Tickling Rats: Differential Benefits for Pet Store Rats
| Contributor(s):: Whitney Blankenberger
Animal welfare and the effects of the human-animal bond are becoming increasingly important to researchers and the public. Animal use in biomedical research is indispensable and inevitably creates stressful situations for the animals. One way to mediate this stress and improve rat welfare is by...
Model-Based Reverse Translation Between Veterinary and Human Medicine: The One Health Initiative
| Contributor(s):: Benjamin Schneider, Violeta Balbas-Martinez, Albert E. Jergens, Inaki F. Troconiz
There is growing concern about the limitations of rodent models with regard to recapitulation of human disease pathogenesis. Computational modeling of data from humans and animals sharing similar diseases provides an opportunity for parallel drug development in human and veterinary medicine....
To Group or Not to Group? Good Practice for Housing Male Laboratory Mice
| Contributor(s):: Sarah Kappel, Penny Hawkins, Michael T. Mendl
It is widely recommended to group-house male laboratory mice because they are ‘social animals’, but male mice do not naturally share territories and aggression can be a serious welfare problem. Even without aggression, not all animals within a group will be in a state of positive...
The Human-Animal Interaction Scale: development and evaluation
| Contributor(s):: Fournier, A. K., Berry, T. D., Letson, E., Chanen, R.
The purpose of this study was to develop the Human–Animal Interaction Scale (HAIS) and evaluate its reliability and validity. The HAIS is a 24-item self-report instrument designed to describe and quantify behaviors performed by humans and nonhuman animals during an episode of interaction...
ExNOTic: Should We Be Keeping Exotic Pets?
| Contributor(s):: Rachel A Grant, V Tamara Montrose, Alison P Wills
There has been a recent trend towards keeping non-traditional companion animals, also known as exotic pets. These pets include parrots, reptiles, amphibians and rabbits, as well as small species of rodent such as degus and guinea pigs. Many of these exotic pet species are not domesticated, and...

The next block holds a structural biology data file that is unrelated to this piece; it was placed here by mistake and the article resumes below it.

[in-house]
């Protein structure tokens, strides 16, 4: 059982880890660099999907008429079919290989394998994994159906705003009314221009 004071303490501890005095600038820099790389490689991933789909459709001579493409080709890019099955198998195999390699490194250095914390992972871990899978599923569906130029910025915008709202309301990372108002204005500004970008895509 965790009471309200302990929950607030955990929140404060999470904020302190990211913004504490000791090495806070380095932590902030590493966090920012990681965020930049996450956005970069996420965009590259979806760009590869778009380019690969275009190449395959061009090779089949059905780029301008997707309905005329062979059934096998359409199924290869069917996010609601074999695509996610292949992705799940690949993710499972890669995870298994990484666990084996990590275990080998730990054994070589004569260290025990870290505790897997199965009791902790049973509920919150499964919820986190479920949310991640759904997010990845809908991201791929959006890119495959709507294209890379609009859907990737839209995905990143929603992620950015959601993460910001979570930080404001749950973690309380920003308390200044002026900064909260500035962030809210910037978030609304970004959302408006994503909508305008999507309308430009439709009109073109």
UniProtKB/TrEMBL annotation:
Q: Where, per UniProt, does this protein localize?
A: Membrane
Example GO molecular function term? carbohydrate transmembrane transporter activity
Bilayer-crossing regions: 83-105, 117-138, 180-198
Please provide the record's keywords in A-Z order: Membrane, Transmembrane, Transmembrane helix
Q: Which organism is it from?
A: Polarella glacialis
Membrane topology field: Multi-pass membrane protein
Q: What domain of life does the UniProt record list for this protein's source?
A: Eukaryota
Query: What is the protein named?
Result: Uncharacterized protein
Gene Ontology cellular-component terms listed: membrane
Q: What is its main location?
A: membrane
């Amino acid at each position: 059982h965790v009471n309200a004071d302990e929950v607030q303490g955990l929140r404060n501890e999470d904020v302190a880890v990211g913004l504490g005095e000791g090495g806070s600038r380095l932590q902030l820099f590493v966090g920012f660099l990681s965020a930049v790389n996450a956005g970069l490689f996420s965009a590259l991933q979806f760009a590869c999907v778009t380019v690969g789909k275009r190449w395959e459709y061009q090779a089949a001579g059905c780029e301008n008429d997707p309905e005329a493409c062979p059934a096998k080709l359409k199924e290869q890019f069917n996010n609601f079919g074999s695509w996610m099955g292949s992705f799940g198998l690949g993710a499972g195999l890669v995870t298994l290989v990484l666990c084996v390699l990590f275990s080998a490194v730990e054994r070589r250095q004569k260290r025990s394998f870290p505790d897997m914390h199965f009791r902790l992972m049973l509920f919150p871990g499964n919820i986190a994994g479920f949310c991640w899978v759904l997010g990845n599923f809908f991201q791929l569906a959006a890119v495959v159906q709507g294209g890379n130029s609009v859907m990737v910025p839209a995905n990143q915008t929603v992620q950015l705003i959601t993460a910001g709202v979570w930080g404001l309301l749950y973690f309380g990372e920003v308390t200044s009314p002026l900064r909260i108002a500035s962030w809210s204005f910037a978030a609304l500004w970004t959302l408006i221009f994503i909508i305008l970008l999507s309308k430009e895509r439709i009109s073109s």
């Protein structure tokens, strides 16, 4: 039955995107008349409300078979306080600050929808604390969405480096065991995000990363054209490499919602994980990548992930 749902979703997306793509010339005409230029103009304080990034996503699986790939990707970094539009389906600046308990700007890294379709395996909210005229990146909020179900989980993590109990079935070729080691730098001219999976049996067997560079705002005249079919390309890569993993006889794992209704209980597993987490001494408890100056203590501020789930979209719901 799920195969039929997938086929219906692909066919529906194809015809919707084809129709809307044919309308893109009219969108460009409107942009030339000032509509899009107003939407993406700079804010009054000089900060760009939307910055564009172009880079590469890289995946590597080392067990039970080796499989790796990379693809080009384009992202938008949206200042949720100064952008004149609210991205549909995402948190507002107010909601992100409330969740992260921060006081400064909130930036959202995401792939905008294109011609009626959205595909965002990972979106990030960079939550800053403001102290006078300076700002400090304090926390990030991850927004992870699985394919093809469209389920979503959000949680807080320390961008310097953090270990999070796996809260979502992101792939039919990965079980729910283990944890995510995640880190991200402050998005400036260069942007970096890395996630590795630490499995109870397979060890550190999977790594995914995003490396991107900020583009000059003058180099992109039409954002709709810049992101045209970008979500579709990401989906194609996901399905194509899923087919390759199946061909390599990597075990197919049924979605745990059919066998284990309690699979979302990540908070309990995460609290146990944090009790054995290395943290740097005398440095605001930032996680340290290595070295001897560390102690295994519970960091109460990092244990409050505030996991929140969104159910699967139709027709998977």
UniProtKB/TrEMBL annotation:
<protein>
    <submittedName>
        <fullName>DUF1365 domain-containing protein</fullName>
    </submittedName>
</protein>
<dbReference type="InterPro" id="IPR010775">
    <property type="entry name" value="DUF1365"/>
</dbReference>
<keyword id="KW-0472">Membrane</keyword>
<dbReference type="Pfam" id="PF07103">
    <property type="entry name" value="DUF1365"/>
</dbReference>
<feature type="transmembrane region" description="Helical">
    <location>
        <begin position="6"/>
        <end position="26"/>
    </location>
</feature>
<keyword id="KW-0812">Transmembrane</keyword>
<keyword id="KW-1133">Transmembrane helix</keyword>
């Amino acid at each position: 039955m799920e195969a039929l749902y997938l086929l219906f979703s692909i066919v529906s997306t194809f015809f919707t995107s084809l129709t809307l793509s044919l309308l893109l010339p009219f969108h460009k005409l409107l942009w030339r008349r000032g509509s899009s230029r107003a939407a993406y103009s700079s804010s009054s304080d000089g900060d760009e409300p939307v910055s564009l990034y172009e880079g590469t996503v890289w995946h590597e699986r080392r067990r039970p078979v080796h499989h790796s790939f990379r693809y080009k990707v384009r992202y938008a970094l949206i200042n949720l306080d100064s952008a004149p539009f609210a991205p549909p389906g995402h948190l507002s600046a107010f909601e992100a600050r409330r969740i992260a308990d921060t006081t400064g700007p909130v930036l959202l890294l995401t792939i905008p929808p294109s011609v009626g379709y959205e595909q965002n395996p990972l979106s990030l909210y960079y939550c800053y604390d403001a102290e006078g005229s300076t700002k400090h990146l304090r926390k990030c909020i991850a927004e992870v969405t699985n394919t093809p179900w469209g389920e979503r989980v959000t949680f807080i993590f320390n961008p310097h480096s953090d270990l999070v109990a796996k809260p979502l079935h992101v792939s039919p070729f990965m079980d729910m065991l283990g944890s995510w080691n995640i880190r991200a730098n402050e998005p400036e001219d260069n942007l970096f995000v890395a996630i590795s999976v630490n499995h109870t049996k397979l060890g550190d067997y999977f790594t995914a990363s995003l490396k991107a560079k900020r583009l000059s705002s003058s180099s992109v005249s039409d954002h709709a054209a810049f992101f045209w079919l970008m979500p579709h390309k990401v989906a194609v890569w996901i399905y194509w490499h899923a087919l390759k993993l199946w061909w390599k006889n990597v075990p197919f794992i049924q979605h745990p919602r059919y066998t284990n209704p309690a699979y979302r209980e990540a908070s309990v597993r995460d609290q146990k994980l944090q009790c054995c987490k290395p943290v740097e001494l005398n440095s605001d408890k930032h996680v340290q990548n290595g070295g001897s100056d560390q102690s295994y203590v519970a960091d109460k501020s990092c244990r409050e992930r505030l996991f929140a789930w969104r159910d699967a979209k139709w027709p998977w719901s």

An Investigation into the Relationship between Owner Knowledge, Diet, and Dental Disease in Guinea Pigs (Cavia porcellus)
| Contributor(s):: Rosemary Norman, Alison P. Wills
Of Mice, Birds, and Men: The Mouse Ultrasonic Song System Has Some Features Similar to Humans and Song-Learning Birds
| Contributor(s):: Gustavo Arriaga, Eric P. Zhou, Erich D. Jarvis
Humans and song-learning birds communicate acoustically using learned vocalizations. The characteristic features of this social communication behavior include vocal control by forebrain motor areas, a direct cortical projection to brainstem vocal motor neurons, and dependence on auditory feedback...
An evaluation of two traps and sets for trapping the plains pocket gopher
| Contributor(s):: Vantassel, Stephen M., Tyre, Andrew J., Hygnstrom, Scott E.
Efficacy of Ropel registered as a coyote repellent
| Contributor(s):: Miller, Elizabeth A., Young, Julie K., Stelting, Scott, Kimball, Bruce A.
Rodent population management at Kansas City International Airport
| Contributor(s):: Witmer, G. W.
A rat-resistant artificial nest box for cavity-nesting birds
| Contributor(s):: Pitt, W. C., Driscoll, L. C., VanderWerf, E. A.